Submit your business in the 2023-24 Yellow Springs Community Direcory, aka the Redbook Submit your business in the 2023-24 Yellow Springs Community Direcory, aka the Redbook Image Map
Feb
07
2023
Miami Township
Casey Brewer, who first came to Miami Township Fire-Rescue in 2013 as a member of the Explorer Post for teens, took this photo at a recent training event and shared it on the MTFR Facebook page. Brewer, 19, recently received EMT certification, Chief Colin Altman reported at the Miami Township Trustees’ most recent meeting Monday, July 1. (Submitted photo by Casey Brewer)

A 3.5-mill continuing levy was passed by voters at the polls in November. It will generate about $670,000 per year for Miami Township Fire-Rescue and will be used to pay MTFR personnel. (News archive photo)

2022 In Review | Miami Township

Print Friendly, PDF & Email

Moir joins board of trustees

Marilan Moir became Miami Township’s first female trustee in recent memory when she took the oath of office on the three-member board in January. Elected in November 2021, Moir’s four-year term began with the start of the new year. The Jan. 5 meeting also marked the beginning of a second term for Don Hollister, who was re-elected this past fall; longtime Trustee Chris Mucher was chosen as chair of the board, with Hollister serving as co-chair.

Fire levy passes at polls

Be a part of the 2023–24 Redbook
Get your News at home,  subscribe to the Yellow Springs News today

In June, the Miami Township Board of Trustees voted to approve a resolution of necessity to move forward with placing a 3.5-mill continuing levy on the November ballot. The levy, which was passed by voters at the polls in November, will generate about $670,000 per year for Miami Township Fire-Rescue and will be used to pay MTFR personnel.

After the trustees approved the levy, the Yellow Springs Board of Education penned a letter to the trustees expressing disappointment that plans for the levy were not shared or discussed with the school district and Village government before action was taken, citing a reported agreement between the governmental bodies to do so.

The letter prompted all three governing bodies to agree to hold joint public meetings several times per year or as needed in order to discuss financial and operational issues. Thus far, the joint meetings have been held in October and December.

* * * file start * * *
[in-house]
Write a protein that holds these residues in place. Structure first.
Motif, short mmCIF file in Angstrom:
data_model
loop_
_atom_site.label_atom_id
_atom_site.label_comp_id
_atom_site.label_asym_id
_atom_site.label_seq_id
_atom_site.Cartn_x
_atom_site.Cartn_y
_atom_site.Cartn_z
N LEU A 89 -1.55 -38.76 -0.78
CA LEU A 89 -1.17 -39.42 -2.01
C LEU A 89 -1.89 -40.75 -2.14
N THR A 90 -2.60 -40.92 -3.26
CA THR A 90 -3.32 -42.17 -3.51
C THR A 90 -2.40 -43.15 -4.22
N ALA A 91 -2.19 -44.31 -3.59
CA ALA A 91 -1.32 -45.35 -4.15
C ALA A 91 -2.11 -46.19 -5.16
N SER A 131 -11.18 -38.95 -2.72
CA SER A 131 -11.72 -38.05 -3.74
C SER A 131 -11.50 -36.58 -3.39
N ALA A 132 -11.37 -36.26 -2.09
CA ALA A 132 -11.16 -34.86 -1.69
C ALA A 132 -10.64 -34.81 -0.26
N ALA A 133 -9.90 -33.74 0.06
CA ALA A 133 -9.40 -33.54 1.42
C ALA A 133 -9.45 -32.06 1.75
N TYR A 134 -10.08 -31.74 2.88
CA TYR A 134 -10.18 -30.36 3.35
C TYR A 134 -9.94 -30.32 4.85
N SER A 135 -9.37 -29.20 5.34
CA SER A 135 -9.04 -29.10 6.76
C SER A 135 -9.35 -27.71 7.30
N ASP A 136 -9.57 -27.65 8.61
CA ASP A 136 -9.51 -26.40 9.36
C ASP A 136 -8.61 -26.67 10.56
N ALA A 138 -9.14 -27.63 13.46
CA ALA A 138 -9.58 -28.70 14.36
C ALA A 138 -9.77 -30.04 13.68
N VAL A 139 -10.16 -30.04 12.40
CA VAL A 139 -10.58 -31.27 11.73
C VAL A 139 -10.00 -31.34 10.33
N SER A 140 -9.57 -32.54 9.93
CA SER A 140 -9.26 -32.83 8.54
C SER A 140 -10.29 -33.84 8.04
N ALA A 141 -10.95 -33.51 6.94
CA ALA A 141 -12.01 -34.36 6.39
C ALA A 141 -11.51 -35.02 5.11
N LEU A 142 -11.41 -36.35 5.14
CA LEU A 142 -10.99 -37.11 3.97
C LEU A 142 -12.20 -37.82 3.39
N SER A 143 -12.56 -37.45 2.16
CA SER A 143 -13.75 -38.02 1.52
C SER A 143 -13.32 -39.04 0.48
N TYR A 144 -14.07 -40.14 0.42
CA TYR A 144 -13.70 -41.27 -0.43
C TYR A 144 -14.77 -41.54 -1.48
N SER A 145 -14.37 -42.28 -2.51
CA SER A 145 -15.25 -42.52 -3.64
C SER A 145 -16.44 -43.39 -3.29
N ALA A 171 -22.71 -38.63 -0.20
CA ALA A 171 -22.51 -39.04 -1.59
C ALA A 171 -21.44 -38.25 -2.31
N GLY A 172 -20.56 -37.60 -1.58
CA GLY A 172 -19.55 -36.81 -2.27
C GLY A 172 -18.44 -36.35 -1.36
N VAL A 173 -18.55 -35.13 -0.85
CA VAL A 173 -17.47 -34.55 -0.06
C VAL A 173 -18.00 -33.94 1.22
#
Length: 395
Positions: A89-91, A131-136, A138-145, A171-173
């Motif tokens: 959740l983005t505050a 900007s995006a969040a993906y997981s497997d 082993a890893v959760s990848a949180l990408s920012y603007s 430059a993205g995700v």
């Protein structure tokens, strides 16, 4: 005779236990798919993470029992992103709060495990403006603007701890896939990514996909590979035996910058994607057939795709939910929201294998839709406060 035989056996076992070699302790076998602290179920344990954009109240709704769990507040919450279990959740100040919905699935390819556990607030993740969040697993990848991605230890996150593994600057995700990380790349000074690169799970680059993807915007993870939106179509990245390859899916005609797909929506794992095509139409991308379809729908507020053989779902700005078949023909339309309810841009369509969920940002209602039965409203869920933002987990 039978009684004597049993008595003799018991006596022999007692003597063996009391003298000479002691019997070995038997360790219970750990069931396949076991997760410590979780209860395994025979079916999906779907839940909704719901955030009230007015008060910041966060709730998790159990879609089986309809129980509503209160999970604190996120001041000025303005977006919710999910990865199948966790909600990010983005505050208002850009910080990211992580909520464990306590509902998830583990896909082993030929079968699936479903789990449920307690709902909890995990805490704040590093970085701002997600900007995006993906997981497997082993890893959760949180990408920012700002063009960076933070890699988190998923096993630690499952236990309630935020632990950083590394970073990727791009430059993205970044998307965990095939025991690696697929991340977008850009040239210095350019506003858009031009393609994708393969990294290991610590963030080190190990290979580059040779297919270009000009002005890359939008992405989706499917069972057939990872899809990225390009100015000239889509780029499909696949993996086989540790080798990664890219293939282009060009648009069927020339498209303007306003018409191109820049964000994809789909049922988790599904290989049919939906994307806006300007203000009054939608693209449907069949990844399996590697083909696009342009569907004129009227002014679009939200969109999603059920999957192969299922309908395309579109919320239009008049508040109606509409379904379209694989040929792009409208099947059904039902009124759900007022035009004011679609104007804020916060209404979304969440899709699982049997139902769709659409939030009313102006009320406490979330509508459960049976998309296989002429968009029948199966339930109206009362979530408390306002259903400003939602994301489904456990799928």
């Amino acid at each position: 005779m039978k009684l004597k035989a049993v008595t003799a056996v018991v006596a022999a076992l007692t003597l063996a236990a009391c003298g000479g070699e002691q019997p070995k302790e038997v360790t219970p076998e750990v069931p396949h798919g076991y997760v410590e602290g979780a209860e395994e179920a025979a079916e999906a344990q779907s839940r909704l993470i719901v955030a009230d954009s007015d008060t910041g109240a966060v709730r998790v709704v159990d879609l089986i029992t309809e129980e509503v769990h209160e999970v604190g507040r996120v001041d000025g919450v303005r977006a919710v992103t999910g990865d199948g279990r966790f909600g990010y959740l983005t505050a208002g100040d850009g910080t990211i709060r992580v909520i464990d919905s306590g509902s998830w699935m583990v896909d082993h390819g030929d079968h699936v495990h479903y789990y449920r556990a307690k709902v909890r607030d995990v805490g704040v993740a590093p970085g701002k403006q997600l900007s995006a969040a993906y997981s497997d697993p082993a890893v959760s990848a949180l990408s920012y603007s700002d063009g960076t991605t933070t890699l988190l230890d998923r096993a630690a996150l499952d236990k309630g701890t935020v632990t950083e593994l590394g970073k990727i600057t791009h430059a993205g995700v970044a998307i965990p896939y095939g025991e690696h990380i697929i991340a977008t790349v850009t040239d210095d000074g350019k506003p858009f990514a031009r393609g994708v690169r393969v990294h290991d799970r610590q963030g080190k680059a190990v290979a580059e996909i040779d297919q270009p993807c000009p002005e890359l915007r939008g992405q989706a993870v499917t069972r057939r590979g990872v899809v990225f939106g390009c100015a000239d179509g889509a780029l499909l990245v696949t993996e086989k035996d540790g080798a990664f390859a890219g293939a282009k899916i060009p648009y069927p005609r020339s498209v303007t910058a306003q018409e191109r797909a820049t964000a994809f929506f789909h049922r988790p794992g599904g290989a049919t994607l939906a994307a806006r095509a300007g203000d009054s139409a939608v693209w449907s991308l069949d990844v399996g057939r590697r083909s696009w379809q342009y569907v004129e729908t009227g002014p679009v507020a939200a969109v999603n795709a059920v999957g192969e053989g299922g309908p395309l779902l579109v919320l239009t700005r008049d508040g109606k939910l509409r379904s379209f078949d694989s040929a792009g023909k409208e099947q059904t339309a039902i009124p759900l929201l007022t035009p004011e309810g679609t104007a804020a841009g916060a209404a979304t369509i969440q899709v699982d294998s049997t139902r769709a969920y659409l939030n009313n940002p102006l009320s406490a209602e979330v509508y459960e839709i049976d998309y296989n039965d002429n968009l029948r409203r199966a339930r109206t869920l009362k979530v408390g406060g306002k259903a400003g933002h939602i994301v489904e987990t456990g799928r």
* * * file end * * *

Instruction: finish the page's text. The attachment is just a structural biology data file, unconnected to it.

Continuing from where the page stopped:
Oak Grove established

This year, the Township established a new natural burial site, Oak Grove Cemetery, on 5.8 acres of land behind the Glen Forest Natural Burial Cemetery on U.S. 68. The cemetery will host natural grave sites over which native swamp white oak trees will be planted one year after a natural burial, as well as traditional natural burial plots. The new cemetery, which began selling its oak tree plots in late summer, will hold a total of 600 plots, with 70 of those being oak tree plots.

Trustees, citizens consider solar

In November, the Miami Township Board of Trustees held a public hearing to listen to community feedback from residents of Miami Township on large-scale solar installations. The hearing was prompted by an October motion from Trustee Don Hollister requesting that the board write a letter to the Greene County Board of Commissioners recommending that they prohibit the installation of utility-grade solar energy arrays on agricultural land in Miami Township. The county is able to pass a resolution banning 50-megawatt or larger solar farms and wind farms of 5 megawatts or larger on unincorporated agricultural land by way of Senate Bill 52, which was signed into law last year.

After hearing from attendees for and against asking for county action, the trustees declined to make a motion regarding a recommendation to the Greene County Board of Commissioners, citing the need for more information.

In December, the Ohio Power Siting Board, or OPSB, denied the application of Texas-based Vesper Energy to establish the 1,500-acre Kingwood solar project in Greene County. The Kingwood Solar project has been in development since 2017; Vesper Energy told local news outlets that the company aims to challenge the ruling and that it is considering a new application for a smaller project.

In addition to passing a resolution to oppose the project in 2021, the Miami Township Board of Trustees filed to be intervenors in opposition to the project before the OPSB,  citing the “prime soils” on the land planned for solar development and its proximity to Glen Helen, John Bryan State Park and Clifton Gorge as being among its reasons for opposition.

The board is considering the possibility of a joint resolution with Xenia and Cedarville townships in response to Vesper Energy’s intention to challenge the OPSB’s ruling. If Vesper Energy files with the OPSB for a new project that includes Miami Township agricultural land, the Township will have 90 days to petition the County to overrule the application under Senate Bill 52.

Topics: , , ,

No comments yet for this article.

WP2Social Auto Publish Powered By : XYZScripts.com